Serious accusations need to be countered with the truth, not with more smoke around the subject
Conspiracy theories have existed in human history since time immemorial. They have fed human imagination to account for anything natural or supernatural -- anything that cannot be explained rationally but still a cause has to be found or blamed for something that happened to individuals, society, or a country.
Conspiracy theories are expedient, easy to spread, and these need not be proven scientifically. You believe in these because they free the mind from the rigour of analysis, proof, or logic. Most egregious examples of conspiracy theories in modern times are the assassination President Kennedy, accident of Princess Diana, survival of Hitler and his escape to the Americas, staging of the air attack on Twin Towers of New York and the Pentagon, etc.
How do conspiracy theories flourish and get oxygenated? There are several reasons, all of which have to deal with human inclination to rely more on instinct and less on reason. It is easier to believe stories of unidentified foreign objects floating in the sky than to exercise the brain and scrutinize the rationality of such stories.
It is safer to put blame on someone else rather than one’s own inability to prevent an unpleasant event or happening. It is convenient to find an enemy for all the ills that you face because that way you deflect attention from yourself. Most importantly, conspiracy theories get more traction than truth. Conspiracy theories have more glamour, they fire your imagination much more than truth, which is usually bland.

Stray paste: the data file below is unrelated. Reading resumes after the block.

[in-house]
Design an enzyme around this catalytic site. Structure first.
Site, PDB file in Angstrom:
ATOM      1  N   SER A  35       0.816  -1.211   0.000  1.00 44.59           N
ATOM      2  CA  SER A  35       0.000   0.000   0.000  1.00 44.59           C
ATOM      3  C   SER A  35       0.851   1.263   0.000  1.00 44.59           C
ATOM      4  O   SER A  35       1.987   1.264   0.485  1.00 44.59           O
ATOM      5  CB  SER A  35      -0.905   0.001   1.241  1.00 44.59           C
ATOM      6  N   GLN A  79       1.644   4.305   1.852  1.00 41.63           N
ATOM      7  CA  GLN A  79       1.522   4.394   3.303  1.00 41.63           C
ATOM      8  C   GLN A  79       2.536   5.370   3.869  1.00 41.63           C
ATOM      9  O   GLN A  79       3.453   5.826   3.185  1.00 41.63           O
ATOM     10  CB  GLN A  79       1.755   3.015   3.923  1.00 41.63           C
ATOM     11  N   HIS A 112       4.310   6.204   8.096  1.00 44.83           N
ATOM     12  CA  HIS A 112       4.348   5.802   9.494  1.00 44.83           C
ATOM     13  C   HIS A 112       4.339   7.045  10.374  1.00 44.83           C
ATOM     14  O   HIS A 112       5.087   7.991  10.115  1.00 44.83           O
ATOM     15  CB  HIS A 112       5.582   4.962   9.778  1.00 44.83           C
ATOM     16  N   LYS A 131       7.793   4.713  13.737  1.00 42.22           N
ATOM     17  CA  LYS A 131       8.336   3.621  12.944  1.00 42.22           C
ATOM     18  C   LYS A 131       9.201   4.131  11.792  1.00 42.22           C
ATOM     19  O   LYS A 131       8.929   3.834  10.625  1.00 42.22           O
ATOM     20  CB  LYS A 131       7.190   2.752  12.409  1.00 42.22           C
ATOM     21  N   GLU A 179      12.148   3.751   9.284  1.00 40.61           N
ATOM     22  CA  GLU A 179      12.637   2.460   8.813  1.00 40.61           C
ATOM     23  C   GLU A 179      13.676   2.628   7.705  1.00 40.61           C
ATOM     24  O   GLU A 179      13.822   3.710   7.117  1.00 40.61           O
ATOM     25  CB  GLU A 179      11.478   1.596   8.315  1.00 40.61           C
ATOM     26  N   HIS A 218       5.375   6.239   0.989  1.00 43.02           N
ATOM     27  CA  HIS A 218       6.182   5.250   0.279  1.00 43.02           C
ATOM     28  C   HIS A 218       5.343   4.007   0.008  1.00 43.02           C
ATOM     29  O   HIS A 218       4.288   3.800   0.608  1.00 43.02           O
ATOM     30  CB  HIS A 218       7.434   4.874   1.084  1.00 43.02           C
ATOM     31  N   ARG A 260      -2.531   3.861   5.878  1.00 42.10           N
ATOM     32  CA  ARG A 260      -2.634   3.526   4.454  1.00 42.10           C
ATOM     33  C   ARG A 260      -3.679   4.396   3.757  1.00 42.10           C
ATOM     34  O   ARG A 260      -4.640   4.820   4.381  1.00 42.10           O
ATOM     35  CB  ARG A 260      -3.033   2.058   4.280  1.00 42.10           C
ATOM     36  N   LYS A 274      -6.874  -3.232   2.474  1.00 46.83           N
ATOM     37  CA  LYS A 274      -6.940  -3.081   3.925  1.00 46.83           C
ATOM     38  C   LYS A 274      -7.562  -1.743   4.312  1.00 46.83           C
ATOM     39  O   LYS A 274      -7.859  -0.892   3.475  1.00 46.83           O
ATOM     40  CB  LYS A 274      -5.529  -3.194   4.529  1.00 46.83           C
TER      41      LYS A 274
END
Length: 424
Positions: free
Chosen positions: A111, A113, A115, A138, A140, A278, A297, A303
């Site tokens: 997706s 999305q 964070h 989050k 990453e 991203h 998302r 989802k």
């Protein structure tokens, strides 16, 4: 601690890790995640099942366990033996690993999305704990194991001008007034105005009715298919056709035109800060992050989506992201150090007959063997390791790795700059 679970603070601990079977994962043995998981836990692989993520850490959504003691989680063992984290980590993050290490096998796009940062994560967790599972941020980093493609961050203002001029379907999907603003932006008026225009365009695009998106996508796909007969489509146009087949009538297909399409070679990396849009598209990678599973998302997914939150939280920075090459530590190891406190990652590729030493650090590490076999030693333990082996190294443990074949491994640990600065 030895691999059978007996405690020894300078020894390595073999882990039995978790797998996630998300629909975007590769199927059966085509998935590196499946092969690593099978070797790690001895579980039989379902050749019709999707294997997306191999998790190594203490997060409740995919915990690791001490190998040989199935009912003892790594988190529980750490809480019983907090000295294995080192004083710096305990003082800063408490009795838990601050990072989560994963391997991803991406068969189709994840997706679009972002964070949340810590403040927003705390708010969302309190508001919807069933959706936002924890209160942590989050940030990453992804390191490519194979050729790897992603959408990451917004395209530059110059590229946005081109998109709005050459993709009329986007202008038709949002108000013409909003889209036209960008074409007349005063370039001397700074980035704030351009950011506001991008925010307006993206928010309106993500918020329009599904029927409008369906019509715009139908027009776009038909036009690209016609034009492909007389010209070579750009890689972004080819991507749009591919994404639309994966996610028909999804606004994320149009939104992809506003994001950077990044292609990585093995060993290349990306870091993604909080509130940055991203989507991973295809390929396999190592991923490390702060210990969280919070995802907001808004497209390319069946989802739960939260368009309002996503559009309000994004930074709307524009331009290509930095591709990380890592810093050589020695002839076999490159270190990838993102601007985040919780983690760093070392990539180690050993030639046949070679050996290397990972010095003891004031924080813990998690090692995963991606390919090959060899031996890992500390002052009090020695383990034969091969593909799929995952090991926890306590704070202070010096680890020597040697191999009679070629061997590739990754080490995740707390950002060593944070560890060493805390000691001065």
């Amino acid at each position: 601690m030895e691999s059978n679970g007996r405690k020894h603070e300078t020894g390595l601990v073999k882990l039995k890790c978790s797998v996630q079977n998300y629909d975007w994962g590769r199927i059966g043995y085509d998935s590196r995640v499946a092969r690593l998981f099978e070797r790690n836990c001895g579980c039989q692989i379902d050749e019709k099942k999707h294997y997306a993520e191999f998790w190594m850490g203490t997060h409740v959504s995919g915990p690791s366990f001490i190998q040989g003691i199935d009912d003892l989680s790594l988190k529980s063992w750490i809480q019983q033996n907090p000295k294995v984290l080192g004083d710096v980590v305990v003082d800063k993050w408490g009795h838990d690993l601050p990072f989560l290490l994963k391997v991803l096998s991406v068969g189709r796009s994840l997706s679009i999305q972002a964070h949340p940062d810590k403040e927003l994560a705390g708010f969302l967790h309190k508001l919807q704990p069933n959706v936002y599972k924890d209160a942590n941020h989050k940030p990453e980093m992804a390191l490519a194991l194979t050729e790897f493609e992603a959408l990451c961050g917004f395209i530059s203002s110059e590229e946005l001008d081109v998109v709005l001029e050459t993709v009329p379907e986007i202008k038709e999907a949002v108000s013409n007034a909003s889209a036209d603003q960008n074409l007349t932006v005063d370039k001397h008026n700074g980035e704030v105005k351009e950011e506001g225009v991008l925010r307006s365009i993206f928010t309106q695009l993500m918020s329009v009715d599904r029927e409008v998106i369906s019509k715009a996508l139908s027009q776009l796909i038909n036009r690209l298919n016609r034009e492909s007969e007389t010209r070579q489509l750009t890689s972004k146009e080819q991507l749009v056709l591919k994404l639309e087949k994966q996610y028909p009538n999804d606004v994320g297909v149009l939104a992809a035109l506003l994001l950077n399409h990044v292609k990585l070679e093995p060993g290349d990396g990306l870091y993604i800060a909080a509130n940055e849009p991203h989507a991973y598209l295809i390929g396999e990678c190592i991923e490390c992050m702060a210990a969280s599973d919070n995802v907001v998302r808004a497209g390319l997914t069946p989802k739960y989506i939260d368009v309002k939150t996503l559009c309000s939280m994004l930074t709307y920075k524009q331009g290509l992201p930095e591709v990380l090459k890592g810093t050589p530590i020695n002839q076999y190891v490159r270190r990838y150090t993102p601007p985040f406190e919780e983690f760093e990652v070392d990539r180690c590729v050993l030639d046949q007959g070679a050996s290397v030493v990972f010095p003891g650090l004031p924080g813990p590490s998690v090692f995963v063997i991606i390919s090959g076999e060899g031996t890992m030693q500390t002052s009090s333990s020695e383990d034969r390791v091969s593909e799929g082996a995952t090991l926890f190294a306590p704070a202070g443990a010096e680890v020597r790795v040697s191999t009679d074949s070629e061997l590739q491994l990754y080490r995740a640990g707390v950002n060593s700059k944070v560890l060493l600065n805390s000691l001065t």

Conspiracy theories are, however, most useful in politics and in blame shifting, particularly in crises. When politicians face adversity, they blame their opponents in creating the crisis; they call this a conspiracy by their opponents to degrade and humiliate them with false accusations, be they of corruption or criminal conduct. When a country’s leader launches an attack on the opponents and tries to suppress them, he relies on conspiracy theories to defend his actions. He justifies his actions as an effort to save the country from conspirators who are out to destroy the sovereignty of the country.
The most curious part of the floating of conspiracy theories in politics is not that the political leader alone is responsible for floating it, he or she creates a cult of supporters who spread the theories with robotic precision. In fact, some of these theories may have their genesis in the political or social goals of groups of people who find a host for these theories in a political leader and rally around him.
This phenomenon was most visible during the last presidential elections of the US, which spawned a number of many outrageous theories, proponents of which rallied around ex-President Donald Trump like bees to a hive. Some of the most preposterous theories were and still are that the Democratic Party indulges in child trafficking for immoral purposes, that there is a deep state (hidden government) in the US of cronyism that is conspiring against Donald Trump, that the entire Russian help for Donald Trump in the elections was a conspiracy to undermine Trump, and there are dozens like this. All of these were repeatedly regurgitated by Trump supporters and were promoted by Trump himself.